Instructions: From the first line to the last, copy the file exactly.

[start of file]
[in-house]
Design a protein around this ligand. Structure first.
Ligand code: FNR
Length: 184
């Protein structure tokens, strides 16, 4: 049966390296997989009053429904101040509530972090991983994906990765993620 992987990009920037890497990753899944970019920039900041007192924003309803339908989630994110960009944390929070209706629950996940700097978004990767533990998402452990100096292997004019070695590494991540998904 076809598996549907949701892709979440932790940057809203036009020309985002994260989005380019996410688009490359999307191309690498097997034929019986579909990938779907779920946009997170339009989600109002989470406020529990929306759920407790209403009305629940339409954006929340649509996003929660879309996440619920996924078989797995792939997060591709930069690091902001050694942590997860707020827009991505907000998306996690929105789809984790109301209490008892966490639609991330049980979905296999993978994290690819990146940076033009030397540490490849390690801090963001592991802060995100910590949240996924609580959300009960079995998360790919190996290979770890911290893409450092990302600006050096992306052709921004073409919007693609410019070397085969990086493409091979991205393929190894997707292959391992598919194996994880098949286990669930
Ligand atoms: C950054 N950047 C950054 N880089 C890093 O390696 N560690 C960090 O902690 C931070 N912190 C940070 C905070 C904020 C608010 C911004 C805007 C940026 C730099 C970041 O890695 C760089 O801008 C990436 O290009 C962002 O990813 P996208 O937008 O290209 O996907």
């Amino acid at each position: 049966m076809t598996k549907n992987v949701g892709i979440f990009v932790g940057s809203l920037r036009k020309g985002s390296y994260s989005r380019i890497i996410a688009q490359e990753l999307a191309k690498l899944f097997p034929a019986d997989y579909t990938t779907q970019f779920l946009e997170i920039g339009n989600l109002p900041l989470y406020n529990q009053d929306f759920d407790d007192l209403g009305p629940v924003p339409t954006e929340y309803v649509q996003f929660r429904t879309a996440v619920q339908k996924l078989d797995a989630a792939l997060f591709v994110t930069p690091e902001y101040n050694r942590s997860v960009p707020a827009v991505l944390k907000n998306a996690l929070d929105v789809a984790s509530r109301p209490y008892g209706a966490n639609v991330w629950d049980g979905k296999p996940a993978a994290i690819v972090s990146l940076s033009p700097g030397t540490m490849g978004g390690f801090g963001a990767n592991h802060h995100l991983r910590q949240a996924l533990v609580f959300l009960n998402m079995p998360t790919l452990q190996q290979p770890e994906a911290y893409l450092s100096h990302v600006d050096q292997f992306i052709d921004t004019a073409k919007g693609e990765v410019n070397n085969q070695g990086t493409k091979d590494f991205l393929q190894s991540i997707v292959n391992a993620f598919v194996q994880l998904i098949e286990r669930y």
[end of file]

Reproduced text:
[in-house]
Design a protein around this ligand. Structure first.
Ligand code: FNR
Length: 184
């Protein structure tokens, strides 16, 4: 049966390296997989009053429904101040509530972090991983994906990765993620 992987990009920037890497990753899944970019920039900041007192924003309803339908989630994110960009944390929070209706629950996940700097978004990767533990998402452990100096292997004019070695590494991540998904 076809598996549907949701892709979440932790940057809203036009020309985002994260989005380019996410688009490359999307191309690498097997034929019986579909990938779907779920946009997170339009989600109002989470406020529990929306759920407790209403009305629940339409954006929340649509996003929660879309996440619920996924078989797995792939997060591709930069690091902001050694942590997860707020827009991505907000998306996690929105789809984790109301209490008892966490639609991330049980979905296999993978994290690819990146940076033009030397540490490849390690801090963001592991802060995100910590949240996924609580959300009960079995998360790919190996290979770890911290893409450092990302600006050096992306052709921004073409919007693609410019070397085969990086493409091979991205393929190894997707292959391992598919194996994880098949286990669930
Ligand atoms: C950054 N950047 C950054 N880089 C890093 O390696 N560690 C960090 O902690 C931070 N912190 C940070 C905070 C904020 C608010 C911004 C805007 C940026 C730099 C970041 O890695 C760089 O801008 C990436 O290009 C962002 O990813 P996208 O937008 O290209 O996907």
């Amino acid at each position: 049966m076809t598996k549907n992987v949701g892709i979440f990009v932790g940057s809203l920037r036009k020309g985002s390296y994260s989005r380019i890497i996410a688009q490359e990753l999307a191309k690498l899944f097997p034929a019986d997989y579909t990938t779907q970019f779920l946009e997170i920039g339009n989600l109002p900041l989470y406020n529990q009053d929306f759920d407790d007192l209403g009305p629940v924003p339409t954006e929340y309803v649509q996003f929660r429904t879309a996440v619920q339908k996924l078989d797995a989630a792939l997060f591709v994110t930069p690091e902001y101040n050694r942590s997860v960009p707020a827009v991505l944390k907000n998306a996690l929070d929105v789809a984790s509530r109301p209490y008892g209706a966490n639609v991330w629950d049980g979905k296999p996940a993978a994290i690819v972090s990146l940076s033009p700097g030397t540490m490849g978004g390690f801090g963001a990767n592991h802060h995100l991983r910590q949240a996924l533990v609580f959300l009960n998402m079995p998360t790919l452990q190996q290979p770890e994906a911290y893409l450092s100096h990302v600006d050096q292997f992306i052709d921004t004019a073409k919007g693609e990765v410019n070397n085969q070695g990086t493409k091979d590494f991205l393929q190894s991540i997707v292959n391992a993620f598919v194996q994880l998904i098949e286990r669930y």